Celtis occidentalis

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Related to Celtis occidentalis: Sugar Hackberry
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  • noun

Synonyms for Celtis occidentalis

large deciduous shade tree of southern United States with small deep purple berries

References in periodicals archive ?
Common to abundant trees included Acer nigrum, Celtis occidentalis, Juglans nigra, and Ulmus americana.
56 Fraxinus americana -- -- -- Celtis occidentalis 11 (1) 5.
One closed forest, Burton Woods, located on a terrace of Salt Creek in Mason County, was dominated by Celtis occidentalis L.
4) and occasional deciduous trees such as Fraxinus pennsylvanica and Celtis occidentalis on the canyon floor.
Most hackberry comes from Celtis occidentalis, but another similar species, Celtis laevigata, or sugarberry, is sometimes sold commercially under the name hackberry.
Additional common species found among plots included Celtis occidentalis, Platanus occidentals, Quercus bicolor, and Ulmus rubra.
latifolia 1 tamarack Larix laricina 1b laurel willow Salix pentandra 2 European white birch Betula pendula 2 white elm Ulmus americana 2a cranberry Viburnum trilobum 2b Manitoba maple Acer negundo 2b ponderosa pine Pinus ponderosa 2b Ohio buckeye Aesculus glabra 2b hackberry Celtis occidentalis 3 little-leaf linden Tilia cordata 3 Rocky Mountain juniper Juniperus scopulorum 3 red maple Acer rubrum 3b black walnut Juglans nigra 3b white ash Fraxinus americana 4 ginkgo/maidenhair tree Ginkgo biloba 4 black locust Robinia pseudoacacia 4a Rocky Mountain Douglas-fir Pseudotsuga menziesii var.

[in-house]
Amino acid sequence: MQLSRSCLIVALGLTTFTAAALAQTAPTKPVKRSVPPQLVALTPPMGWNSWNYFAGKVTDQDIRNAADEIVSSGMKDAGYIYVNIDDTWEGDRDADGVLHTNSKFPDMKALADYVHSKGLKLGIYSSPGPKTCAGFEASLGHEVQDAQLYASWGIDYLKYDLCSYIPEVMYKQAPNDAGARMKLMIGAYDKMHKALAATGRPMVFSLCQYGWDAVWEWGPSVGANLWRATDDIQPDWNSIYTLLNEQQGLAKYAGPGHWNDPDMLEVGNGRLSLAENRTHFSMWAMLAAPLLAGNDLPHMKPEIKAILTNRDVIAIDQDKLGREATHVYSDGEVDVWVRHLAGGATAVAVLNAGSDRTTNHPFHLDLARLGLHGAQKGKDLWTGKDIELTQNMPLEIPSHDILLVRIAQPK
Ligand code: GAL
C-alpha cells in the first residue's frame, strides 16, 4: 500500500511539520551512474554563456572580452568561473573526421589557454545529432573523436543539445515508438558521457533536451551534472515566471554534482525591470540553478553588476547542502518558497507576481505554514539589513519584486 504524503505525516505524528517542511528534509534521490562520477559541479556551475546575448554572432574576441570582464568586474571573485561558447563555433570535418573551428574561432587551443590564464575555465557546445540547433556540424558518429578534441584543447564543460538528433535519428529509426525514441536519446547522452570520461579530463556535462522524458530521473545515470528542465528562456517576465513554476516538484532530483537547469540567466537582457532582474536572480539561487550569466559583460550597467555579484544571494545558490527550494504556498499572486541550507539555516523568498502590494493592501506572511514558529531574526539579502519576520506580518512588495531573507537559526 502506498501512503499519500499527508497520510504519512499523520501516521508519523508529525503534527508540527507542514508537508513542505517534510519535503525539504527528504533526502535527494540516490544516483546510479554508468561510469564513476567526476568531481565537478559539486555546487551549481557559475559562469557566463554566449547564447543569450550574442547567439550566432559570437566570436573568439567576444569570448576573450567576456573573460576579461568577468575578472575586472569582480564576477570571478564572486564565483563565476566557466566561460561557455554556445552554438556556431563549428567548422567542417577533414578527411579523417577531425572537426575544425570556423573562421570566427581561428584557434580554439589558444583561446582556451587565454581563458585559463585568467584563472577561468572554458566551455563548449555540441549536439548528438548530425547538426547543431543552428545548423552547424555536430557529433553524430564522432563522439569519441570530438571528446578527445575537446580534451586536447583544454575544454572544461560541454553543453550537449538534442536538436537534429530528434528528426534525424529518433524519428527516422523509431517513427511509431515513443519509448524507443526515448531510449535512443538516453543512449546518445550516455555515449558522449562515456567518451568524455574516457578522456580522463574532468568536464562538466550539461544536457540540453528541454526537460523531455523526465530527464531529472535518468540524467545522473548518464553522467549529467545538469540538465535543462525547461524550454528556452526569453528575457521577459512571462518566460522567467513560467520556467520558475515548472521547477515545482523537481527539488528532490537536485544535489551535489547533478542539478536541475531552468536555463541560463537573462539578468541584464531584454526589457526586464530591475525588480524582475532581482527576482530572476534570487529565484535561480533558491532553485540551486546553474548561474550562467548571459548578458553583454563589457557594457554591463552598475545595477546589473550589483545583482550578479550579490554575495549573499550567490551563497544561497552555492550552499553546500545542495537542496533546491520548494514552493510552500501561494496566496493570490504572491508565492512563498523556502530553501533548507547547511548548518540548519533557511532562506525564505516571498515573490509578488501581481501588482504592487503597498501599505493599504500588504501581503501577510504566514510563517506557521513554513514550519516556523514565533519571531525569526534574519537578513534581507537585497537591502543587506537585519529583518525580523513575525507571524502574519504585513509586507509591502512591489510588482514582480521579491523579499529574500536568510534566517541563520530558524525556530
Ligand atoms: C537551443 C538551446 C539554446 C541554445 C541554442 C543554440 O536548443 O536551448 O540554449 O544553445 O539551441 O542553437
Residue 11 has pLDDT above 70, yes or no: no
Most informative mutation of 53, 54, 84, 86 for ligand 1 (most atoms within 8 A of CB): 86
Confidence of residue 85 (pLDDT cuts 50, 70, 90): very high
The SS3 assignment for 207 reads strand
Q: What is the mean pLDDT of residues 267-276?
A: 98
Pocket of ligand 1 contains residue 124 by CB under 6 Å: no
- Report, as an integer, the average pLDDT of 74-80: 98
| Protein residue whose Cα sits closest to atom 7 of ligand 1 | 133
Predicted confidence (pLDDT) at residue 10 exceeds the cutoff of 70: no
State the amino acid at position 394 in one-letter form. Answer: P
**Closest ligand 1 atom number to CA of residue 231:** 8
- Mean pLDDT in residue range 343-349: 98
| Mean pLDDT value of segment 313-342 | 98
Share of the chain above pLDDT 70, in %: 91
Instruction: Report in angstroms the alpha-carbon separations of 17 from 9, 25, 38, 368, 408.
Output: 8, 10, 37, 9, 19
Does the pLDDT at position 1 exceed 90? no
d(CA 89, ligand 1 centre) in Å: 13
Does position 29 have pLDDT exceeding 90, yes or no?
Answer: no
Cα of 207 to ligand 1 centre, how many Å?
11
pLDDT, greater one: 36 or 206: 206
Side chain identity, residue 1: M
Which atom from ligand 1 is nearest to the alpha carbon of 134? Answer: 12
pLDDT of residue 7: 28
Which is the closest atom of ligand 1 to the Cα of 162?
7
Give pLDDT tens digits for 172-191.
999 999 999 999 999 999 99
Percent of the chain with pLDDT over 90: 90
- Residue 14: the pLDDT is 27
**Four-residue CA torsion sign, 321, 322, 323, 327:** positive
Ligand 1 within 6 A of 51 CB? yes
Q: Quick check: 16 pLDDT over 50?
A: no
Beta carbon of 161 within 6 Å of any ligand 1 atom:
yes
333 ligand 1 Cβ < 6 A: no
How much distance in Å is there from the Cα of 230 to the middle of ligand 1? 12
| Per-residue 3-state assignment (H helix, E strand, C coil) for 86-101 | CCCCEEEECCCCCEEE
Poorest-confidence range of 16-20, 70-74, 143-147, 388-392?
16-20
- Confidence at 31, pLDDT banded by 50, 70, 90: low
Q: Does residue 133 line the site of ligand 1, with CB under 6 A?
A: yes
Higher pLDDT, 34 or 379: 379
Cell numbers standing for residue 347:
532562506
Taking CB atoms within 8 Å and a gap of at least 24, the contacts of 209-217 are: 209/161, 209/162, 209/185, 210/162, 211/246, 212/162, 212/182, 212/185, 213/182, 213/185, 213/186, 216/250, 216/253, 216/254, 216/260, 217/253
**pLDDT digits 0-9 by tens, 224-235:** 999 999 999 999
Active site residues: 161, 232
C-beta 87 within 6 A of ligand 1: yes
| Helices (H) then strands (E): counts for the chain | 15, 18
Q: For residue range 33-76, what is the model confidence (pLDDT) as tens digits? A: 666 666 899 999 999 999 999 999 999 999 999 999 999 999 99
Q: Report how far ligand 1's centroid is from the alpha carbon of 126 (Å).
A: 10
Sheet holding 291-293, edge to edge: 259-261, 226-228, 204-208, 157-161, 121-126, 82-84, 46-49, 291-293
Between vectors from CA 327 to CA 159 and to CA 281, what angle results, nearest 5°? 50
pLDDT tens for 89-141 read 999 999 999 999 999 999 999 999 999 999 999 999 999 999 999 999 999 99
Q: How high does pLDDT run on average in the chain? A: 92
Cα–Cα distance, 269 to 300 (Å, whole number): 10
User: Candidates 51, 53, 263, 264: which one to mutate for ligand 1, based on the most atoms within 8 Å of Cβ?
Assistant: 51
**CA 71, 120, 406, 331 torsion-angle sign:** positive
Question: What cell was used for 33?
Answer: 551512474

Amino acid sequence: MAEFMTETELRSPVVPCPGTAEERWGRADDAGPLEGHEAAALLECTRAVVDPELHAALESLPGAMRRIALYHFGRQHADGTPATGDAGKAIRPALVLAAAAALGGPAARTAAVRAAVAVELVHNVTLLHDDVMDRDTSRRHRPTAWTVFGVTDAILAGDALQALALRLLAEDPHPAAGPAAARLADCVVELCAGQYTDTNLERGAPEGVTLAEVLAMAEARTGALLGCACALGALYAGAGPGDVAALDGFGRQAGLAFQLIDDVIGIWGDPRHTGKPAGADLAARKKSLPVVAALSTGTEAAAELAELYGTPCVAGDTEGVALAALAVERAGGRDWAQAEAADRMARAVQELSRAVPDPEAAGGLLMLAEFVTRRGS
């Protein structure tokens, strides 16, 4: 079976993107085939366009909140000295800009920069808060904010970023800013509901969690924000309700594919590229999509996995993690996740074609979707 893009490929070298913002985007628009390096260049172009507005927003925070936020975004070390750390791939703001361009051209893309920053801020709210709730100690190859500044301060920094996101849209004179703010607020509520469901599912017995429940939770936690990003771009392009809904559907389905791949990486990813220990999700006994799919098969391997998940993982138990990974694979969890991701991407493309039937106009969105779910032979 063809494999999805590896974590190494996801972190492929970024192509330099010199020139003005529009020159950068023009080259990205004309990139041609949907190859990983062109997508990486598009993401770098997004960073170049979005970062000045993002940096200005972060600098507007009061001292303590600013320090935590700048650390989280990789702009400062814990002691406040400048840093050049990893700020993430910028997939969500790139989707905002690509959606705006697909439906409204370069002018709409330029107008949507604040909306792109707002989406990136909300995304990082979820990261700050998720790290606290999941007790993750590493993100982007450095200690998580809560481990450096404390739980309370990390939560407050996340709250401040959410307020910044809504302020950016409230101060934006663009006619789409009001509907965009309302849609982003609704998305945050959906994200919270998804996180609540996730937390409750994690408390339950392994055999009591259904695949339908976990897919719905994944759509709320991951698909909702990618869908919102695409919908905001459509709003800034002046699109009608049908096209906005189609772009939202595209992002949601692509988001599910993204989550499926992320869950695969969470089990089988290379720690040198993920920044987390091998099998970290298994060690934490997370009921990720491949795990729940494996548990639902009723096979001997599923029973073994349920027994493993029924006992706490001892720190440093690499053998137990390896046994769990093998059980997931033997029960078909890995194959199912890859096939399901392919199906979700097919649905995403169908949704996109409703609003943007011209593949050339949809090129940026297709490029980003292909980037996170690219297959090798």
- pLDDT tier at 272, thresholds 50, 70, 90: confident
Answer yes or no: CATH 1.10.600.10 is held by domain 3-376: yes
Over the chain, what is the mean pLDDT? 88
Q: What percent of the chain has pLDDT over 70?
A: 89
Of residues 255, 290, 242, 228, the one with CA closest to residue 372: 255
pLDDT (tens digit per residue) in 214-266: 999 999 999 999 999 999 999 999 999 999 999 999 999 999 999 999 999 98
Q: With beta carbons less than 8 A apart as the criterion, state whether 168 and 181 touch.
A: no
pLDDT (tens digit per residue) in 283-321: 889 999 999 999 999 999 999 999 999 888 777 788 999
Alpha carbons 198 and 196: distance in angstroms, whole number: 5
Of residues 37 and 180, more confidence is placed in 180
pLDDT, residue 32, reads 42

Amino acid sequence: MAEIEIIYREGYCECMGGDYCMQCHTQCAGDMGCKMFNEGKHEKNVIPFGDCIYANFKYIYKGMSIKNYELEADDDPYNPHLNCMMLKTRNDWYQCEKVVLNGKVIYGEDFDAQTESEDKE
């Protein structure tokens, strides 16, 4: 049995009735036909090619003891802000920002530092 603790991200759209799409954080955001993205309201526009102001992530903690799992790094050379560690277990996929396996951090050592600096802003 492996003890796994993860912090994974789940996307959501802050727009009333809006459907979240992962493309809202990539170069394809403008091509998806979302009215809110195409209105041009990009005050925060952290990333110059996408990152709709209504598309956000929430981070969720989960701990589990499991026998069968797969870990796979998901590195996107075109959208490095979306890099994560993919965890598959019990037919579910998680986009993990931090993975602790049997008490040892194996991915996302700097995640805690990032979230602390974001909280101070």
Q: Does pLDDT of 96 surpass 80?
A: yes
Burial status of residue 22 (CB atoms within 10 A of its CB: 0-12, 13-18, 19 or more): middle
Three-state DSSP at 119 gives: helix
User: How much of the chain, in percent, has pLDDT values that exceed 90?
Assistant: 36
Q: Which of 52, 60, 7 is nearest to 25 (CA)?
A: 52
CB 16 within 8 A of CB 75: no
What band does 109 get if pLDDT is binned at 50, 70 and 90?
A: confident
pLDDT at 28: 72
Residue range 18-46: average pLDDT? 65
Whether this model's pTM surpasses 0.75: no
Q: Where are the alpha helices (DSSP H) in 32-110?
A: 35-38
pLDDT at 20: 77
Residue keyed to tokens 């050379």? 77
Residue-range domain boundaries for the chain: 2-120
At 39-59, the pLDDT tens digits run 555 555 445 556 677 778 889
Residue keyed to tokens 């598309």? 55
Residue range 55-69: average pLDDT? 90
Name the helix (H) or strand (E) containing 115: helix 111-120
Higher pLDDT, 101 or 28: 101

Species marked with an asterisk (*) are non-native Number Number of Sites of points present present Scientific name Common name (n = 5) (n = 73) Celtis occidentalis Hackberry 5 42 Fraxinus spp.
The least disturbed forest occurs on the bluff face, and is dominated by Acer saccharum, Fraxinus americana, Tilia americana, Juglans nigra and Celtis occidentalis.
Scattered second growth woodlands (Acer negundo, Celtis occidentalis, Crataegus mollis, Fraxinus pennsylvanica var.
Fraxinus pennsylvanica, Juglans nigra, Celtis occidentalis, Aesculus glabra and Ulmus rubra, were typical of moist lowland woodland sites.
The five most common corticolous substrates were Quercus rubra with 20 lichen species, followed by Juglans nigra (15 species), Quercus alba and Celtis occidentalis (14 species) and Acer saccharinum (13 species).
Based on relative importance values (RIV), the important species for the floodplain woods to the north of the summit are Populus deltoides, Ulmus americana, Platanus occidentalis, and Robinia pseudoacacia, while the important species for the floodplain woods to the south of the summit are Acer saccharum, Aesculus glabra, Ulmus rubra, and Celtis occidentalis.
Celtis occidentalis and Quercus palustris were largely flood intolerant while Fraxinus pennsylvanica and Acer saccharinum were more tolerant.
Werner (1931) reported the presence of "Nebencystolithen" (secondary cystoliths) in leaves of Celtis occidentalis L.